3 Things You Should Know About the Recent Tax Cuts & How it Affects YOU

Tax forms calculator and pen

1. Mortgage Interest. Today borrowers can deduct interest paid on a mortgage amount up to $1 million. The bill limits the amount of interest paid on a mortgage amount up to $750,000 for loans after December 15, 2017. So how does this play out mathematically?

For example, if you have a $500,000 30-year fixed mortgage with a 3.75% interest rate, you’re paying about $18,750 per year in interest, and you could subtract the $18,750 from your taxable income and pay tax on the new lower amount of income.

Alternatively, if you were to obtain a new $850,000 30-year fixed mortgage with a 3.75% interest rate, you’re paying about $31,875 per year in interest. With the new bill, you could only subtract $28,125, since that would be the amount of interest you’d pay for the same loan, but maxed at the new cap of $750,000.

In higher cost areas where larger loan amounts are more common, this may change a taxpayer’s decision to itemize or not. With the standard deduction increasing to $12,000 for individuals, $18,000 for heads of households, and $24,000 for married couples filing jointly, many homeowners may find it is more beneficial to use the standard deduction as opposed to itemizing line after line.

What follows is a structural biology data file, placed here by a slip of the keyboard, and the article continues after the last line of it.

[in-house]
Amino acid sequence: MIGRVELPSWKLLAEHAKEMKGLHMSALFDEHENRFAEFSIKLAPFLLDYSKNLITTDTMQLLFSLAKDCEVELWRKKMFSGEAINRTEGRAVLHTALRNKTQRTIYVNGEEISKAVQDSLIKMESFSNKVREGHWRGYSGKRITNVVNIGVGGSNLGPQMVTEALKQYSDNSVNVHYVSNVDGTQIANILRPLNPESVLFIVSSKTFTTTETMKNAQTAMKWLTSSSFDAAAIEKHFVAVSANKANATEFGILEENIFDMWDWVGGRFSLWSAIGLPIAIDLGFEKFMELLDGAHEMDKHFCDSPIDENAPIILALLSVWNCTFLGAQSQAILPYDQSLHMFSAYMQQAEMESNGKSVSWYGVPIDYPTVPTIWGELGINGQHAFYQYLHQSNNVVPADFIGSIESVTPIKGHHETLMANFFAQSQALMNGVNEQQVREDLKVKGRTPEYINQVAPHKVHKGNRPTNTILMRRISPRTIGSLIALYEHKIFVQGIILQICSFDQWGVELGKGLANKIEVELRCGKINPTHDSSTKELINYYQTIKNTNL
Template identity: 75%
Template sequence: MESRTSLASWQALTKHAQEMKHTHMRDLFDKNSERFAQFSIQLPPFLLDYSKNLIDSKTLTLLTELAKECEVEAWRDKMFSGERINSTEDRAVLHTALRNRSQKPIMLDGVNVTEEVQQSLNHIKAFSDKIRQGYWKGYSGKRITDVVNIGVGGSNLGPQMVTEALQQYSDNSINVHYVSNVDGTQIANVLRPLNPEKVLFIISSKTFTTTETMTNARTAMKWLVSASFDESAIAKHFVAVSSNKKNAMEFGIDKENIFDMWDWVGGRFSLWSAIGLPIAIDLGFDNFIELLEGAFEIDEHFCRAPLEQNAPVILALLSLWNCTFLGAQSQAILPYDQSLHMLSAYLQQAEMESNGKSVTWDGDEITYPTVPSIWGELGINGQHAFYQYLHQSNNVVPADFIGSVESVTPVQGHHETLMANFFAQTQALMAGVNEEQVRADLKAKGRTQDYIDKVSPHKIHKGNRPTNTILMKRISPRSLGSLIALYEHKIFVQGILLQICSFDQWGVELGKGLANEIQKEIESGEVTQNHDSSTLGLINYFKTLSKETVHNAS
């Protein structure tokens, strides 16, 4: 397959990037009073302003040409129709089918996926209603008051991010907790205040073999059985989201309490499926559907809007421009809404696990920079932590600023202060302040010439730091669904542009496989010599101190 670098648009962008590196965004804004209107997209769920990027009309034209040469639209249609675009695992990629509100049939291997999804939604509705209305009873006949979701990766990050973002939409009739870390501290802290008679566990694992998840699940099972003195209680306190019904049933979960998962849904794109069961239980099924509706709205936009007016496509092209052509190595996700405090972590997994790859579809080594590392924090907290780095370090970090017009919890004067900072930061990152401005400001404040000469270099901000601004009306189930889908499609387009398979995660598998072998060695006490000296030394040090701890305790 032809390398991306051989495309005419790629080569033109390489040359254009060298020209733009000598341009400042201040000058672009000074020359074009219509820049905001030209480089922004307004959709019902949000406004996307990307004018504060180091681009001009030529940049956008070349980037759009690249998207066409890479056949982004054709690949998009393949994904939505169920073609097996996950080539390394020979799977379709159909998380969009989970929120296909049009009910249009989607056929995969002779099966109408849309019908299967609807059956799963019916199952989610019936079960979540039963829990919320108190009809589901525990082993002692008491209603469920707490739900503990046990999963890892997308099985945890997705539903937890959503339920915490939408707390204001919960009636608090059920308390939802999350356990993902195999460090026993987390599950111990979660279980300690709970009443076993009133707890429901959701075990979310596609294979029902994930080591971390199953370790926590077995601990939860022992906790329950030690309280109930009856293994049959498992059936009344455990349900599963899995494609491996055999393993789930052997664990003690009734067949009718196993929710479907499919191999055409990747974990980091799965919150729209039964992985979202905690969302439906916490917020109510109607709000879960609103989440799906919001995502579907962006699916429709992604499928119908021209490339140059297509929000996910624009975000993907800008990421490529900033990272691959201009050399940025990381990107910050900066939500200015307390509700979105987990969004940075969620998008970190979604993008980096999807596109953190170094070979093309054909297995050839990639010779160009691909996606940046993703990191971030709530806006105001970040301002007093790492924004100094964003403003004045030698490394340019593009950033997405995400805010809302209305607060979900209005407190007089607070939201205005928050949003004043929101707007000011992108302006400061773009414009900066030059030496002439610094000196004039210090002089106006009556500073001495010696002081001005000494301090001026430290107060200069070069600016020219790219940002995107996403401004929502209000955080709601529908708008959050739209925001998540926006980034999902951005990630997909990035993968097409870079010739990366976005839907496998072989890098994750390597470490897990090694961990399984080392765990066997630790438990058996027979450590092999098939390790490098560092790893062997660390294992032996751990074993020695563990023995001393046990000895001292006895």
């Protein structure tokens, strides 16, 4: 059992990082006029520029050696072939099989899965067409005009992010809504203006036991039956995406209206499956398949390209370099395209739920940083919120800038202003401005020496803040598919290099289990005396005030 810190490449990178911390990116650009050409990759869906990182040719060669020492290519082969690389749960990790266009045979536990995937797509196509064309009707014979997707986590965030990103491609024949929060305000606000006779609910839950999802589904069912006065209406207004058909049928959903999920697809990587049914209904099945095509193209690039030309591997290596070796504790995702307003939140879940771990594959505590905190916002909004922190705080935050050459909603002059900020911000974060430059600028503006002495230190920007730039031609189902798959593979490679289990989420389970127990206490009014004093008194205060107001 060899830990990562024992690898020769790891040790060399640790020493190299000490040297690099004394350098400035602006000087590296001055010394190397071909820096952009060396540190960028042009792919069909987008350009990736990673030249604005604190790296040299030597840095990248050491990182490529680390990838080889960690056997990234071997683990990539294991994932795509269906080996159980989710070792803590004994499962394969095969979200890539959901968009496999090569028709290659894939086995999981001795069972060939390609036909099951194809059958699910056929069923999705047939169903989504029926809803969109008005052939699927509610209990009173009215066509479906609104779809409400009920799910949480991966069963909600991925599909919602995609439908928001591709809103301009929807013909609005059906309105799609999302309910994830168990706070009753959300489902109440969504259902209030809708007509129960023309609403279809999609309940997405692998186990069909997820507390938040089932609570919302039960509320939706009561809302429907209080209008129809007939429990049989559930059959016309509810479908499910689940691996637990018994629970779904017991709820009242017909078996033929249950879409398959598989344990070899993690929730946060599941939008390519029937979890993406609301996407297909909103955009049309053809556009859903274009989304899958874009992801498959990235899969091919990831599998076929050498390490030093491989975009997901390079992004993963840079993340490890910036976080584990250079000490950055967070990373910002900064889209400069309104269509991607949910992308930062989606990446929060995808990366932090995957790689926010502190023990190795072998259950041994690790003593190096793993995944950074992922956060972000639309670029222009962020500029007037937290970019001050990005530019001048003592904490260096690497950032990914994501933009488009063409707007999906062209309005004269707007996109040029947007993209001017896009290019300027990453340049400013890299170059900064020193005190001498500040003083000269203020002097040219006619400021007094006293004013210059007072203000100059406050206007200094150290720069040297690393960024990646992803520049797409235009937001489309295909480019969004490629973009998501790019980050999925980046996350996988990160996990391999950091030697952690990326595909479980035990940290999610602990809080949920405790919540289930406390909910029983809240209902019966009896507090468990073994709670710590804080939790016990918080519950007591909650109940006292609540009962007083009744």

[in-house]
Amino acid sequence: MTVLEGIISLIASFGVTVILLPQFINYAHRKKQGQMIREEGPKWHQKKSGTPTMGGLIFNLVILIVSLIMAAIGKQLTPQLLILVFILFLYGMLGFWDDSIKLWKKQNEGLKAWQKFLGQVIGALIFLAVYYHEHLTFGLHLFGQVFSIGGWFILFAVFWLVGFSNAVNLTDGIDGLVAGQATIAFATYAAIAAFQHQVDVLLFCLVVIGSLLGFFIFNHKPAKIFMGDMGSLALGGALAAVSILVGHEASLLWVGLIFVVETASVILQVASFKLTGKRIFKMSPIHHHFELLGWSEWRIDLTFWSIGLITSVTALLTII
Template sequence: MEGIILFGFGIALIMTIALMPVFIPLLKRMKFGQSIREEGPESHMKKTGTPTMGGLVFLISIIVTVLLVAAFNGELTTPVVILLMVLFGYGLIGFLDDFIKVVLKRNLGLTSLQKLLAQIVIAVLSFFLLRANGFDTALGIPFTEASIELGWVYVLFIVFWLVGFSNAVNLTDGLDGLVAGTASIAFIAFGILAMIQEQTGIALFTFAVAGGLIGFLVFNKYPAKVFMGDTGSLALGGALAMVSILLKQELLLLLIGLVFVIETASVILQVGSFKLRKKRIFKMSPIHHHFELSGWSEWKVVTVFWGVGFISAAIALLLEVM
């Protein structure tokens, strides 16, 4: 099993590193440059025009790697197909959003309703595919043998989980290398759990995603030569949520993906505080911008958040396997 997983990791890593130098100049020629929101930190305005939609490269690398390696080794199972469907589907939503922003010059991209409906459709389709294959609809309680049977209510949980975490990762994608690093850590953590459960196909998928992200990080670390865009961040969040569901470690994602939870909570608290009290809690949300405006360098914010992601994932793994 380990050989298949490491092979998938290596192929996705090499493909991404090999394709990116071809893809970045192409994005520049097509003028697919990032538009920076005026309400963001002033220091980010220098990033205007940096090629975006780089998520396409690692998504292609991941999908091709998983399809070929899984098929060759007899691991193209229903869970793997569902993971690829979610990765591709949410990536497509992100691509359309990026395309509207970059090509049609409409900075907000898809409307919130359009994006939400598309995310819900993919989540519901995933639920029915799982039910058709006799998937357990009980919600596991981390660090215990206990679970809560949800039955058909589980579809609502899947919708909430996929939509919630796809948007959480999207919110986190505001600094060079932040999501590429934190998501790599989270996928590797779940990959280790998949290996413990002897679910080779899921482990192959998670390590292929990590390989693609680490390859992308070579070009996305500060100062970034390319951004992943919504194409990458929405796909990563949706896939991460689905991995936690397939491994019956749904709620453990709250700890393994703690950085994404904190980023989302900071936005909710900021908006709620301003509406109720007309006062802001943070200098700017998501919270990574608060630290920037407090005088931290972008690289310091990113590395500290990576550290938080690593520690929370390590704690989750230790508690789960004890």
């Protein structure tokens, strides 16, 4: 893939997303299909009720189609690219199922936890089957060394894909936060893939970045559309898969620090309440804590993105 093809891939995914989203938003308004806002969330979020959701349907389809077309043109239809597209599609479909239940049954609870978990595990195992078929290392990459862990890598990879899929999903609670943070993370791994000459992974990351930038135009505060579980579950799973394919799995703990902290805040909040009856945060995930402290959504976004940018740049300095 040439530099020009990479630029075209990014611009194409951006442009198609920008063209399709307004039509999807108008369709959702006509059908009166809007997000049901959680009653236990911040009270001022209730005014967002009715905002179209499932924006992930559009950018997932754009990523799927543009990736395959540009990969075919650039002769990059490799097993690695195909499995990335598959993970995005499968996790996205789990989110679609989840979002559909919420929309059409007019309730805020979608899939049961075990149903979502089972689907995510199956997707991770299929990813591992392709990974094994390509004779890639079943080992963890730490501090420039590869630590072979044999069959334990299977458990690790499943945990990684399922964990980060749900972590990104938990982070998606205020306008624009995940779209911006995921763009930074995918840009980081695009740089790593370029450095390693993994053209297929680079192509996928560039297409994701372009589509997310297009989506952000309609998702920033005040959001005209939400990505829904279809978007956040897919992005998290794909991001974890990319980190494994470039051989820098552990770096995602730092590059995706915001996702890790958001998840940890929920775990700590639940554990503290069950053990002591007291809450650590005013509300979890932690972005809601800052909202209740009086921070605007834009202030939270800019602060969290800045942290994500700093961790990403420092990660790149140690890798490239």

2. Property Taxes. Today homeowners get to deduct all property taxes they pay when filing their taxes each year. The bill caps this deduction at $10,000. Let’s pretend you put 20% down when you got the $500,000 loan in the example above. This means you bought the home for $625,000, making your estimated annual taxes about $7,812. In this scenario, you’d still get to deduct the full $7,812 (since it’s less than $10,000). For homes in higher priced markets, the cap of $10,000 will remain, so if you’re concerned about what this means if you buy a home, I can help you analyze your options.

3. Capital Gains. Today homeowners are exempt from paying capital gains taxes on gains up to $250,000 (or up to $500,000 for married couples) when selling a primary residence. If you lived in the home two of the last five years, this means you’d pocket home appreciation up to $250,000 (or up to $500,000 if you’re married) tax free when you sold your home and then pay capital gains taxes on any appreciation above this amount—the calculation is a bit more complex, but this is the gist. Earlier tax reform proposals would have increased the threshold, but this bill keeps the two year minimum so many homeowners who may want to sell can still receive this benefit. (Source: LendUs 1/2018)


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